FEB 14, 2021
Black History Month
It’s Black History Month and here’s how we’re celebrating, honoring and learning this month and beyond. We hope you'll be inspired by some of these ideas.
Celebrating Black Joy
As we work to unlearn and relearn to be more inclusive, one of the most important things for us has been to read articles and see images that depict Black Joy. The idea behind this is that so many images in media are filled with trauma -- depicting brutality or marginalization against black people. One step toward healing is to look at things from another angle. In his CNN article, writer James Blake says, “There are vast regions of Black life that have nothing to do with suffering or oppression. We lead lives that are also filled with joy, romance, laughter and astonishing beauty, but those stories don't tend to grab the headlines. It's time to change that.”
Blake’s article will bring a smile to your face and give you lots of ways to view Black Joy.
Amanda Gorman interviewed by Michelle Obama for Time Magazine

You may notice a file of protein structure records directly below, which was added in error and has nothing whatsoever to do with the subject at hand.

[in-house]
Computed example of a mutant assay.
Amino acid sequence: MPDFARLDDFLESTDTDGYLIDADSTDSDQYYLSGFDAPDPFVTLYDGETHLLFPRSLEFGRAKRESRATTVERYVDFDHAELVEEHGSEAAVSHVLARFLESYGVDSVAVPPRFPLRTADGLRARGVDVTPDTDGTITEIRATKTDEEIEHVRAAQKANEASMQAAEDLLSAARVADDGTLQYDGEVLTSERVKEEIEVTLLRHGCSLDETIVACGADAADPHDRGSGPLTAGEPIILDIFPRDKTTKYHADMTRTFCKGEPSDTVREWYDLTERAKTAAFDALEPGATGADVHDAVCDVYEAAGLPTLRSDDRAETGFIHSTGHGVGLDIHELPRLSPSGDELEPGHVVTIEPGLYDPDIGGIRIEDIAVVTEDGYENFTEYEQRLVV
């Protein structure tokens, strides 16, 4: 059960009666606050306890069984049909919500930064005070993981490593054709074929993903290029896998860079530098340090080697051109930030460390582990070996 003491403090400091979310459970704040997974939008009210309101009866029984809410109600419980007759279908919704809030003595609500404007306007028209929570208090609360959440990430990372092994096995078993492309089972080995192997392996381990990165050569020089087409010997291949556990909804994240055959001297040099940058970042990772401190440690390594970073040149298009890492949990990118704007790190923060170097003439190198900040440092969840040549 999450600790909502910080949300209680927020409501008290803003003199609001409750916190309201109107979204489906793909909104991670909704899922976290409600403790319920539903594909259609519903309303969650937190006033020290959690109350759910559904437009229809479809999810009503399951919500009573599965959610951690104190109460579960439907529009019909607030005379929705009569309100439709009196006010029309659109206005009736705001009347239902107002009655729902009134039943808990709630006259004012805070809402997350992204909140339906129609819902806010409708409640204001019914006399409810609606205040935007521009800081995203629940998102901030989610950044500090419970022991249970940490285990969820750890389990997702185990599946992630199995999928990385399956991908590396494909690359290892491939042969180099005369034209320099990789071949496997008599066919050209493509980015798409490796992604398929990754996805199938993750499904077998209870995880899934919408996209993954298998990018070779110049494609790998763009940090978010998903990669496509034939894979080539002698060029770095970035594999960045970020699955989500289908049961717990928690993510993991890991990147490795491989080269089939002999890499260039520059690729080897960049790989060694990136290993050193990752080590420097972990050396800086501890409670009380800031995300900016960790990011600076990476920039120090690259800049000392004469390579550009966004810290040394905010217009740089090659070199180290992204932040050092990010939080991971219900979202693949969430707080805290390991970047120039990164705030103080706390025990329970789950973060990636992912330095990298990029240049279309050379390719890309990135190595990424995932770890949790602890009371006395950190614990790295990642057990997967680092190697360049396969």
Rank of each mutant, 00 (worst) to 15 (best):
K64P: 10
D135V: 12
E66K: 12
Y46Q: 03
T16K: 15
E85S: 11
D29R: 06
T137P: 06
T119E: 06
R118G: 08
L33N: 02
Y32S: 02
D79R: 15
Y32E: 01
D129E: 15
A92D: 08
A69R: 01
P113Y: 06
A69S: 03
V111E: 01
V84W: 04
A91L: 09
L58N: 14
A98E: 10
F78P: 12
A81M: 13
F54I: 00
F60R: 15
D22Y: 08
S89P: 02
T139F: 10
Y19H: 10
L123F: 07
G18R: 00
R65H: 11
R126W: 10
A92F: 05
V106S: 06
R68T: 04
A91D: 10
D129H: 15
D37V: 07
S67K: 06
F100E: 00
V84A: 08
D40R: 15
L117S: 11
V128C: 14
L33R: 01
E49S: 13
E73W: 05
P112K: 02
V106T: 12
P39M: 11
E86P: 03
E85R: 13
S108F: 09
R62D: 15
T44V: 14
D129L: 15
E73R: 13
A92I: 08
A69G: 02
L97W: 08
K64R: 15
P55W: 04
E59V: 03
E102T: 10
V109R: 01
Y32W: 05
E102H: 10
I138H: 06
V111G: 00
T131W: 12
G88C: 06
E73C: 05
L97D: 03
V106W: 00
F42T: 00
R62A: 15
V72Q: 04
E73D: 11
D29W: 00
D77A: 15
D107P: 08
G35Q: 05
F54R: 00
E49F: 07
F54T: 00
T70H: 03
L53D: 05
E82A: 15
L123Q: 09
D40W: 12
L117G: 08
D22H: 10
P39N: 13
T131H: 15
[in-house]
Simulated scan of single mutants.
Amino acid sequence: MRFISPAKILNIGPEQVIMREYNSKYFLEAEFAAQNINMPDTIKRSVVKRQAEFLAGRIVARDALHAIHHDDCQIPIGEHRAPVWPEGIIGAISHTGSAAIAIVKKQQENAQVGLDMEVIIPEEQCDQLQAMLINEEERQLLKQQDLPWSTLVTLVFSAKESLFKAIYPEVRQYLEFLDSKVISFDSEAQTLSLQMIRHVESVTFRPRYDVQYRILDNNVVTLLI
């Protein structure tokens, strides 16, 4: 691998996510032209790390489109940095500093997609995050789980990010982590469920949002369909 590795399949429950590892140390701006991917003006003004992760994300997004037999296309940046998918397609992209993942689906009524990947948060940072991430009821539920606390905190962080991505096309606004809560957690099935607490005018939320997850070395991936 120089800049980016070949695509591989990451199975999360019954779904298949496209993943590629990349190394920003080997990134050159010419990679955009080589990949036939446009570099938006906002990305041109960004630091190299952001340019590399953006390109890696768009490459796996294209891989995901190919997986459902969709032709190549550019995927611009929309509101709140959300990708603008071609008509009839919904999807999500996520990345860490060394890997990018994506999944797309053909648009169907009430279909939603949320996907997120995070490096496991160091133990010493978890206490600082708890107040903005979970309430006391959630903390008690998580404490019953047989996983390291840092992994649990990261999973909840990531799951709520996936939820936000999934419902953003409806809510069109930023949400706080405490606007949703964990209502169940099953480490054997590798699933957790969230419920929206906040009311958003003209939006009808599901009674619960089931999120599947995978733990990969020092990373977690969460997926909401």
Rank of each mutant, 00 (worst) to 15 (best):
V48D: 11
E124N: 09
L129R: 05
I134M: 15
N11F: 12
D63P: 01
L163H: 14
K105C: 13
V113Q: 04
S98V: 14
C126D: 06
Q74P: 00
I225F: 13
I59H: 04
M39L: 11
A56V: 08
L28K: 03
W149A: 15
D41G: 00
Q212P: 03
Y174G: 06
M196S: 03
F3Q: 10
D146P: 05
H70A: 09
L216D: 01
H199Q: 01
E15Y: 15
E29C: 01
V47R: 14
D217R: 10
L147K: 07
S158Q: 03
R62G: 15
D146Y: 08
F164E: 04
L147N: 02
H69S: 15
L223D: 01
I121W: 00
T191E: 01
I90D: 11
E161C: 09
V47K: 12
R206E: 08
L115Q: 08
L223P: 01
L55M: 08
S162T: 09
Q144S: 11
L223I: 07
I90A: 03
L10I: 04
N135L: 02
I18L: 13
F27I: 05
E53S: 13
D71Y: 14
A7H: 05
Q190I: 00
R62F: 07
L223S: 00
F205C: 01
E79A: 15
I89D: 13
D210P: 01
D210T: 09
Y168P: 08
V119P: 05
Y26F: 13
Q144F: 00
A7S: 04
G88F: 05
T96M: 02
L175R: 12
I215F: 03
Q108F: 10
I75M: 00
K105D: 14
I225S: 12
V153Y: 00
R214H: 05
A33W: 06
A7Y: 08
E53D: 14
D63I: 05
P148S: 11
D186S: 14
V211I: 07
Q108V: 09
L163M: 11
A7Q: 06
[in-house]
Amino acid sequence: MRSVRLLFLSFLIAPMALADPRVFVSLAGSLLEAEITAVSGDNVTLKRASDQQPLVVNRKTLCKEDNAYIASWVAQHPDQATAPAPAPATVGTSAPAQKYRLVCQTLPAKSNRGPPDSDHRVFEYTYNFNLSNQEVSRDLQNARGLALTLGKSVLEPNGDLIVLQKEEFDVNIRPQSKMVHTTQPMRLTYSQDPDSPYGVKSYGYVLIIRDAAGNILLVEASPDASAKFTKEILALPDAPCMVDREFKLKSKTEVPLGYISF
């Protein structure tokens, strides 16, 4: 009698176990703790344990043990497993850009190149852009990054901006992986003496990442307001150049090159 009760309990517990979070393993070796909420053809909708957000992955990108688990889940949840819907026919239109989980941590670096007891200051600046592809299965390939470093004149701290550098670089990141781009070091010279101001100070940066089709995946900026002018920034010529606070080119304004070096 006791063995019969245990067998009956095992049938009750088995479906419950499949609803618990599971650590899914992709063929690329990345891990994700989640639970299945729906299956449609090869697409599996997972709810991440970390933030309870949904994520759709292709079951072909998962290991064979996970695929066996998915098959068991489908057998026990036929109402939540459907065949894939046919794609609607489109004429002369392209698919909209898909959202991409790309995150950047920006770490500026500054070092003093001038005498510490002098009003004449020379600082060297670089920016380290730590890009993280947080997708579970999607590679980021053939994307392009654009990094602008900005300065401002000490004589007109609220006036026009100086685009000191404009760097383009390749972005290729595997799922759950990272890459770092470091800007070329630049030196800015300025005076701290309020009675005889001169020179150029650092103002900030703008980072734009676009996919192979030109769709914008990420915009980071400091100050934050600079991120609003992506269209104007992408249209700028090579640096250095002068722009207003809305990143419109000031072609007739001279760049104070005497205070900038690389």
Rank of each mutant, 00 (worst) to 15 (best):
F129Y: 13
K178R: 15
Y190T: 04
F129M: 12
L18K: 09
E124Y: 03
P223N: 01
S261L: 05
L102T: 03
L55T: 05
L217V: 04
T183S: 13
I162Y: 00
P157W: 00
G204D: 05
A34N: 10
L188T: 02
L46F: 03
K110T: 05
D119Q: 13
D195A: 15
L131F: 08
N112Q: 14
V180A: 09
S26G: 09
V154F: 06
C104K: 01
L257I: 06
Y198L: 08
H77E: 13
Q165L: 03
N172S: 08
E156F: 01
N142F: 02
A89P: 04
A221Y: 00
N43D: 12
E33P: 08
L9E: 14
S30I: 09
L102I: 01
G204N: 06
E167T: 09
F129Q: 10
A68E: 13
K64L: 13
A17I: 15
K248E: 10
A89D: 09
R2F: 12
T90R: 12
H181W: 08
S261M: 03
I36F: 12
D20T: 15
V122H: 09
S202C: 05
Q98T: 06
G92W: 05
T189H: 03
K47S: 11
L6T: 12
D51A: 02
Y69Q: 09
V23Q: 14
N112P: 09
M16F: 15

Former First Lady Michelle Obama did a remote interview with Amanda Gorman, the first National Youth Poet Laureate who was recently featured on the cover of Time Magazine. Amanda read her poem "The Hill We Climb" at the inauguration of President Joe Biden and Vice President Kamala Harris. Now, she talks with Michelle Obama about the role of art in activism and the pressures Black women face in the spotlight.
Photograph by Awol Erizku for TIME
Thank You Letters
For Black History Month, Complex magazine is featuring a “Thank You” letter to a Black person every day in the month of February, including current and historical figures. The letters are written by Complex employees or artists and influencers for individuals who have impacted or inspired them.
Maurice Peebles (Editor-In-Chief of Complex) has been influenced by writer James Baldwin, only after learning about his work in the 2017 Netflix documentary about him called I Am Not Your Negro. Which led Peebles to reading more of Baldwin’s work and finding a new perspective.
Read Books with Black Female Characters
In 2015 an 11-year-old black girl, Marley Dias, told her mom that all her assigned readings had white boys as the central character. She wanted to know where she could find a list of books that had black females centered in the plot. She began a book drive to collect 1,000 books that had black women prominently featured and donate them to schools. It’s known as the #1000blackgirlbooks and The Grass Roots Community Foundation has compiled a list of hundreds of those titles, which are great for all reading levels.